According to Simon Piff, associate vice president for enterprise infrastructure research at IDC Asia-Pacific, businesses today are still hesitant in utilizing cloud computing for much of their IT needs due to concerns over security, service reliability, data location and sovereignty, as well as vendor support.
This reluctance was reflected in a recent IDC survey on companies in Asia-Pacific, excluding Japan, which were quizzed on their cloud plans, Piff said during his presentation at IDC Asia-Pacific’s Cloud Conference 2011 held here Wednesday. The survey findings revealed that companies in developed markets such as Singapore and Hong Kong showed more reticence in using cloud services, compared with their counterparts in developing markets such as Indonesia and Thailand, the analyst noted.
However, the concerns enterprises have are currently being addressed, he said. In the case of service reliability and uptime, for instance, public cloud users are increasingly more aware of the implications associated with these services, he added.
Piff pointed to the service outages Amazon Web Services (AWS) suffered in April as an example. He noted that, in this case, while the cloud service provider had a responsibility in maintaining uptime, customers also recognized they would have to design and deploy their own failover system as recommended by AWS in its service level agreement. The analyst added that public cloud was “inherently insecure” so users should have contingency plans anyway.
He further cited a poll conducted at an IDC cloud forum held in May, which revealed that 49.7 percent of respondents agreed that, by 2015, major public cloud providers would have addressed uptime concerns so effectively that reliability would be a non-issue in moving to the cloud.
As for the issue of data sovereignty, Piff said cloud service providers recognize that enterprises in certain industry verticals such as financial will always need to house their data locally. To address this, he said “massive investments” are being poured into building new data centers across the Asia-Pacific region, to the tune of US$3.7 billion as of Jun. 30 this year.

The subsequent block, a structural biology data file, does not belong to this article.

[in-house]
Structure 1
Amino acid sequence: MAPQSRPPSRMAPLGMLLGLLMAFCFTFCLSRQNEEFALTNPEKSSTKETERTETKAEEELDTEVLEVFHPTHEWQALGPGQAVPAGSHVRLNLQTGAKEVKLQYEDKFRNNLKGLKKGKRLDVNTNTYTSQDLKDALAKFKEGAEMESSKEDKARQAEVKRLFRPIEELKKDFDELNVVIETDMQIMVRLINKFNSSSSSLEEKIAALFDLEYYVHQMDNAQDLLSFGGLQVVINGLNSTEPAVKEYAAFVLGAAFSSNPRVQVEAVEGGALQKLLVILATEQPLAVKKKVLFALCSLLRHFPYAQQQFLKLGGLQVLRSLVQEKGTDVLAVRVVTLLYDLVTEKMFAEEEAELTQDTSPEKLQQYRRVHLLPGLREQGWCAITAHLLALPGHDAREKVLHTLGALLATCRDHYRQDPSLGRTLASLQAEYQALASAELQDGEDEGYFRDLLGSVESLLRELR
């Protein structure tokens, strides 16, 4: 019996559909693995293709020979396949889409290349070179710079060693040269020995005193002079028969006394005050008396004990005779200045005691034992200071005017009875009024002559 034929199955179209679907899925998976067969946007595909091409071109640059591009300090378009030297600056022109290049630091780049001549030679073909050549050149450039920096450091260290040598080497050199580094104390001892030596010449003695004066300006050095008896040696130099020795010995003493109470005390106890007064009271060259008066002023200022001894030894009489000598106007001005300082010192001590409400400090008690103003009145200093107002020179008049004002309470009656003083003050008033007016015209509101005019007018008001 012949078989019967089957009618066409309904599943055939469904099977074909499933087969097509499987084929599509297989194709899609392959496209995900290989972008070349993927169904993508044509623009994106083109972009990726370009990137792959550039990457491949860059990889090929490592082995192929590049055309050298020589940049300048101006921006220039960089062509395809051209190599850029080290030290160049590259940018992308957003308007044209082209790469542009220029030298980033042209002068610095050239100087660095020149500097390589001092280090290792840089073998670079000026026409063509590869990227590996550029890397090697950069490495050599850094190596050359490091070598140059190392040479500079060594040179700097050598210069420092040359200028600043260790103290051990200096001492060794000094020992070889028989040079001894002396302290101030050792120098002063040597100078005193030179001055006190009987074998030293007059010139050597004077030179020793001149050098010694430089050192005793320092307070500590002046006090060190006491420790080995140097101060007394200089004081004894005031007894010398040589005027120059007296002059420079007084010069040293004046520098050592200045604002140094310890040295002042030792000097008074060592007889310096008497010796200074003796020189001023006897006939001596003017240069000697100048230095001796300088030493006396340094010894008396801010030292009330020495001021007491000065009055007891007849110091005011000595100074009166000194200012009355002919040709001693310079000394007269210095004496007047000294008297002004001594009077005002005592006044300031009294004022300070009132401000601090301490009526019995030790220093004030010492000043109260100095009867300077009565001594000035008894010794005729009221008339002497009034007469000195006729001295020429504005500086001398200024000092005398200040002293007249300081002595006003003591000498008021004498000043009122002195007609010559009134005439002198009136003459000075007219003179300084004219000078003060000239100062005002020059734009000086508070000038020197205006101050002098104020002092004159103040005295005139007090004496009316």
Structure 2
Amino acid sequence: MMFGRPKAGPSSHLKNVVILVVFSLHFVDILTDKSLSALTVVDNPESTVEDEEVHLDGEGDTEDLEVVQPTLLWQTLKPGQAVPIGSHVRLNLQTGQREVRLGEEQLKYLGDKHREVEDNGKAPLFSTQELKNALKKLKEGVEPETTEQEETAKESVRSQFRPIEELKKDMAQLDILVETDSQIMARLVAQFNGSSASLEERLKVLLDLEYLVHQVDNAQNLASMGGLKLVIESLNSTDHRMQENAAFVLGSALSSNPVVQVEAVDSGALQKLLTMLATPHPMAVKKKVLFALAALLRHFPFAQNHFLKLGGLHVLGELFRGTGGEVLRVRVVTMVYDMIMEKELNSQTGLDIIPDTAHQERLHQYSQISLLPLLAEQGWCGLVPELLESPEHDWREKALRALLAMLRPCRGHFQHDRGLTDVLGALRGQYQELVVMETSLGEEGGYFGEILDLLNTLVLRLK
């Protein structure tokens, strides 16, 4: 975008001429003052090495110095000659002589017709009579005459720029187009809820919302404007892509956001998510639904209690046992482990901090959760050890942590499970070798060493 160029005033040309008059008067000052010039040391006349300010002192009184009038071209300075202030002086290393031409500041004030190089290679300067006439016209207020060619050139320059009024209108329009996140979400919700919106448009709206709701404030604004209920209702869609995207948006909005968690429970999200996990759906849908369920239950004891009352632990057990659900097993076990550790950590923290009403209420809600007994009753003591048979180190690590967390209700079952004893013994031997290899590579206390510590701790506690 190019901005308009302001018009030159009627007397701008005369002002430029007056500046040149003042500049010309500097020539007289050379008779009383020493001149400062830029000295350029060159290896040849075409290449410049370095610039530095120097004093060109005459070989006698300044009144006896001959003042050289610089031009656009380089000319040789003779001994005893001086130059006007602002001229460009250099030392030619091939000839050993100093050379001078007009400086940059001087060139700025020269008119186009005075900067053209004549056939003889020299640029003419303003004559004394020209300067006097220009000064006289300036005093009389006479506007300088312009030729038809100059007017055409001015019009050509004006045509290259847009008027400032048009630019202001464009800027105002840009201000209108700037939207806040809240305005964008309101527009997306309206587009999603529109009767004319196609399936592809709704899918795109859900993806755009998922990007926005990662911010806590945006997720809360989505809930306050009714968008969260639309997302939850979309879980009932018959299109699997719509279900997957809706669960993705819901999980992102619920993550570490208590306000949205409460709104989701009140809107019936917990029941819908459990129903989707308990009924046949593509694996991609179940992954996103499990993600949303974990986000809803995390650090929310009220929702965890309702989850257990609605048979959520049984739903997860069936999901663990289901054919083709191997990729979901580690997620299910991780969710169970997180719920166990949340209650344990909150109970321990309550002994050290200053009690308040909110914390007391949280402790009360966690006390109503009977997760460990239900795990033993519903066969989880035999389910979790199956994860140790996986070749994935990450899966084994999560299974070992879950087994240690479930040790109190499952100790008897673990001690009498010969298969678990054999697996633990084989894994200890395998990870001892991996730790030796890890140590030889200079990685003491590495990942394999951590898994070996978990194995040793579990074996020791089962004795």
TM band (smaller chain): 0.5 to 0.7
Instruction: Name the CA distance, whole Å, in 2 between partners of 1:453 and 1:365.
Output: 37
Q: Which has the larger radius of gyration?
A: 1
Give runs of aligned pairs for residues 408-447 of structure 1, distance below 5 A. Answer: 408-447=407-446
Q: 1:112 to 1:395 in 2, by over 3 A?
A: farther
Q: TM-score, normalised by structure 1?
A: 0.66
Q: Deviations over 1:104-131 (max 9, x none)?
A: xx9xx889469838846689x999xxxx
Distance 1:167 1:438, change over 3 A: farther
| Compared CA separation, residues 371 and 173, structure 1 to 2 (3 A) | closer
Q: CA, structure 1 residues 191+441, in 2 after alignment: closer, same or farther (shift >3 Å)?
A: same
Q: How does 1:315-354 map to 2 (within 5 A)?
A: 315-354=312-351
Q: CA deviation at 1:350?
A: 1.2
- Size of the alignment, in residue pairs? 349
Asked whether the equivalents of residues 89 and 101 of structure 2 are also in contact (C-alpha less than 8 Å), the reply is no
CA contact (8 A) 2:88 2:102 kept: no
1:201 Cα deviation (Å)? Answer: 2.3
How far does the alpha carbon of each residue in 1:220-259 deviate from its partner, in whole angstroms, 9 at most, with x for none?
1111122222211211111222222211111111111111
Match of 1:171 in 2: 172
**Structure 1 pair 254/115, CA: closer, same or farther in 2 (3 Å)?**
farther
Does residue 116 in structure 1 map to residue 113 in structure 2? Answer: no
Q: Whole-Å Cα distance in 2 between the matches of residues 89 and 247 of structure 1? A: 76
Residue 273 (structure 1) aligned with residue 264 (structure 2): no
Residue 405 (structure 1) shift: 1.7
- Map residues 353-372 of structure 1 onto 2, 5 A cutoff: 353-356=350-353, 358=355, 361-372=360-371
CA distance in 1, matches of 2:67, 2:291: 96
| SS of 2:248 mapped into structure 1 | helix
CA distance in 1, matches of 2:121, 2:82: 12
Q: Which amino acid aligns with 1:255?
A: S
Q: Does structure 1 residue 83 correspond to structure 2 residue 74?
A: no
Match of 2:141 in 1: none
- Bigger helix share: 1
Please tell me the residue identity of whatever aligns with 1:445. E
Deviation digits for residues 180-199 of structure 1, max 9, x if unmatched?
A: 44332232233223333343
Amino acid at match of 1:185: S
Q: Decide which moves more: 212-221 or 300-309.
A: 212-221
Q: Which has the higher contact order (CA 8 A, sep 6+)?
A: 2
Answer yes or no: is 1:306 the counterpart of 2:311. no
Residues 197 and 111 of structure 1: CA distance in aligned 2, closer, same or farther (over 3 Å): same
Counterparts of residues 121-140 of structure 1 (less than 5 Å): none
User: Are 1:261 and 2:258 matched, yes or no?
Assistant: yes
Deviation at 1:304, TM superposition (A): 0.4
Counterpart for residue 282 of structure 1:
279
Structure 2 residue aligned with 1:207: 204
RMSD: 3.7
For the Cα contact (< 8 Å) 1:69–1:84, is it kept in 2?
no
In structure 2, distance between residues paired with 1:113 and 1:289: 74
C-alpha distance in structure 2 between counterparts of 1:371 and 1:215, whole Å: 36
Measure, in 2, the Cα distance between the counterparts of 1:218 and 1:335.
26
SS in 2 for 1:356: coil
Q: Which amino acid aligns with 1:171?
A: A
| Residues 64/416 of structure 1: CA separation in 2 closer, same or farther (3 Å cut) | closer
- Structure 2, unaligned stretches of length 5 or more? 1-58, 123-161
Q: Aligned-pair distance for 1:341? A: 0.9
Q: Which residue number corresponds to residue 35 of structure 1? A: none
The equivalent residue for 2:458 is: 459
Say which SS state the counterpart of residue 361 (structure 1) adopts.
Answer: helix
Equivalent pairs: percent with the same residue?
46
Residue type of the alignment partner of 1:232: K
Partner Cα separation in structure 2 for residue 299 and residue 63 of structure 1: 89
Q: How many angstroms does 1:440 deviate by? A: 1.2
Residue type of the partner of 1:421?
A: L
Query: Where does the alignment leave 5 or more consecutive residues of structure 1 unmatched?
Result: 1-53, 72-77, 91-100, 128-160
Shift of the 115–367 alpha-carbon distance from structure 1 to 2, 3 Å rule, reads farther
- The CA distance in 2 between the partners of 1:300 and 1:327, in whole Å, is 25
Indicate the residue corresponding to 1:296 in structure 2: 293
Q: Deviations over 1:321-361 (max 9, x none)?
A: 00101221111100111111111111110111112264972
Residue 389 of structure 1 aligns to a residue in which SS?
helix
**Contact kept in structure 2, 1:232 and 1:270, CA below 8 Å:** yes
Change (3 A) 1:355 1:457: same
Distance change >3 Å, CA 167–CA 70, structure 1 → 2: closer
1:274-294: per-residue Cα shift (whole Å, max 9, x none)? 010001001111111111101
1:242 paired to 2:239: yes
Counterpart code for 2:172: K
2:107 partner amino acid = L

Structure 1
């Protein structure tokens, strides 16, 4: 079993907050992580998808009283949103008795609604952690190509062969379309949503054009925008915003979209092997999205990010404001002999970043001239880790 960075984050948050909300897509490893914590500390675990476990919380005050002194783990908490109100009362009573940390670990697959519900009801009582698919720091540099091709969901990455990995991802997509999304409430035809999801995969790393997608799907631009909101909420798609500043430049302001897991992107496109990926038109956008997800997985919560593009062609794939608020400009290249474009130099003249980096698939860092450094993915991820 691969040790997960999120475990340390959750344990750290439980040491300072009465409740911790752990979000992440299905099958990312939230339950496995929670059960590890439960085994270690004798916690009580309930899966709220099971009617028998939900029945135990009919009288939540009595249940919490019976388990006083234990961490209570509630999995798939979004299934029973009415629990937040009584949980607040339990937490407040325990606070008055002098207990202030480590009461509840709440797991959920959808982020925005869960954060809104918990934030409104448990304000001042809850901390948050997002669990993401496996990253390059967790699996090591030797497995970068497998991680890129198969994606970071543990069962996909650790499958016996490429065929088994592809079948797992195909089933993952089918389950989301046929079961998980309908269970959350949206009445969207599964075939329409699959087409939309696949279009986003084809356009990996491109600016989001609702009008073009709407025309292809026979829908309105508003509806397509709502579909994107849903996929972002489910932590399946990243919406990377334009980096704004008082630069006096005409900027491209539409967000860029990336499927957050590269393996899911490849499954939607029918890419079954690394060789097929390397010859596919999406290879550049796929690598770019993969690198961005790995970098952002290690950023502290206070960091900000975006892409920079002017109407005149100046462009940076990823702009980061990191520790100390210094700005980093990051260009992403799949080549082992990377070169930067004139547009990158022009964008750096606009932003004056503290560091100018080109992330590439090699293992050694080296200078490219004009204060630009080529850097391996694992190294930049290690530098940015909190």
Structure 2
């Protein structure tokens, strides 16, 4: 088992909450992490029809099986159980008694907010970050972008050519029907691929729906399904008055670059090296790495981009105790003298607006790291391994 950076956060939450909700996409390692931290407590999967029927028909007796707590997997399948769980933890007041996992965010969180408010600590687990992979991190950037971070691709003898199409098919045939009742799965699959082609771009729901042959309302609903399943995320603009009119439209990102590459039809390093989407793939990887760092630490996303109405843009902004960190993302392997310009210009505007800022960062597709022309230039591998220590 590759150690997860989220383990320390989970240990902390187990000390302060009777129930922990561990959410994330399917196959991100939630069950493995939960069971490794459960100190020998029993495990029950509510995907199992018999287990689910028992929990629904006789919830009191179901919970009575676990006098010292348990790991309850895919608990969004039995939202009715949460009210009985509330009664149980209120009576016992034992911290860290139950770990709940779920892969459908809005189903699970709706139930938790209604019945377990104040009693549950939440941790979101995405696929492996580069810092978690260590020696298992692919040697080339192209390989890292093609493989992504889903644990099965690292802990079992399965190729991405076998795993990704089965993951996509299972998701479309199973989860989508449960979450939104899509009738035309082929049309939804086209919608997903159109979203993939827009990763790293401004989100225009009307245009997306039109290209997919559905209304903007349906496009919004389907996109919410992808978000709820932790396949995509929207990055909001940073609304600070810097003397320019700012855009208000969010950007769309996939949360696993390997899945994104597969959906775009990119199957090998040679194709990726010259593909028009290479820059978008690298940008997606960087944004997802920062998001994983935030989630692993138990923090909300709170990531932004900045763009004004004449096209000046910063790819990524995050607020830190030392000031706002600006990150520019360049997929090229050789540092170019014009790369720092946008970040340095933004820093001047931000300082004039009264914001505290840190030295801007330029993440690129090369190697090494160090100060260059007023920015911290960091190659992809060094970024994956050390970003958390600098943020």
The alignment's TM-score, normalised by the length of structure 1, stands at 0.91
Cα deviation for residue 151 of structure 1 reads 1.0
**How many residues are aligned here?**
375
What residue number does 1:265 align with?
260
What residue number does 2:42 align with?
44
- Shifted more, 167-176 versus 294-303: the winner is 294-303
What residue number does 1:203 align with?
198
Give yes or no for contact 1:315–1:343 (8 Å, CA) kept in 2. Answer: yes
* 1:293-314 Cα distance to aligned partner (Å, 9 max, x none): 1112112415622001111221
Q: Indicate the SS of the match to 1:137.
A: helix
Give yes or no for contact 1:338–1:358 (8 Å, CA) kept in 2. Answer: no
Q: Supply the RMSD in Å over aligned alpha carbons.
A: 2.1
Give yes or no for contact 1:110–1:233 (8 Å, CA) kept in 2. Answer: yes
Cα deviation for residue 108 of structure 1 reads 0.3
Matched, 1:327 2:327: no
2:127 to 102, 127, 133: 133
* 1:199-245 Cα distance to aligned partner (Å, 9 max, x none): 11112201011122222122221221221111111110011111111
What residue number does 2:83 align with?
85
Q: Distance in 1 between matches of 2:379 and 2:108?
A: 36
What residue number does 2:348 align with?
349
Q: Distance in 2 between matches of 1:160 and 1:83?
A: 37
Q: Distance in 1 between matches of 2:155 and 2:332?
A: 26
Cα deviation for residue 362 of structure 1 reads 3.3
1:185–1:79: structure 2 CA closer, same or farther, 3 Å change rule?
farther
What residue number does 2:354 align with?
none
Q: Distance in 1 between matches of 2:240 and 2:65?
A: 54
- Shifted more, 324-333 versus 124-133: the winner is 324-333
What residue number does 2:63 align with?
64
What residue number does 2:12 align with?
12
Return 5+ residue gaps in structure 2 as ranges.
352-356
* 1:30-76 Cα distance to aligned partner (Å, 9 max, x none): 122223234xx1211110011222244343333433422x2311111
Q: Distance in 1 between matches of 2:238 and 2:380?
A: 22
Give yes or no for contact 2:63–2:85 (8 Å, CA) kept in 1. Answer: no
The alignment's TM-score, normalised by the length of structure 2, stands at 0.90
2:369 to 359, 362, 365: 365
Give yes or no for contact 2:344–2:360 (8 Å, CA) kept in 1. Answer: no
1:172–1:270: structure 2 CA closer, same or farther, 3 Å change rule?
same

Google, for instance, announced in September that it was setting up a data center in Singapore while Softlayer Technologies, a cloud computing and managed hosting service provider, also launched its data center here that same month.
With these factors in mind, Piff expects cloud computing to achieve mainstream status by 2015.
“Cloud users [will have] made significant progress in the [next] four years and integrated cloud systems well with the rest of the class. Cloud can then be considered a full-fledged member of the IT class.”
Ditch enterprise mindset
For cloud computing adoption to take off, though, companies will need to accept that “cloud is not enterprise”, said Doug Gourlay, vice president of Arista Networks, who was also a speaker at the forum.
He noted that enterprises typically have the mindset of building once and “praying” that the system will not fail thereafter. This, however, runs counter with how cloud projects should be approached.
Gourlay said: “For cloud to succeed, IT needs to build it, deploy, fail quickly, then learn from the mistakes and deploy again. There needs to be constant innovation in this space.”
He also called on companies to move away from traditional IT vendors such as Cisco Systems, IBM and Oracle because their vision of cloud is not cost-efficient and scalable.
Instead, he suggested businesses model after Web companies such as Facebook, Amazon and Google when it comes to rethinking their IT infrastructure and provisioning technology for business users.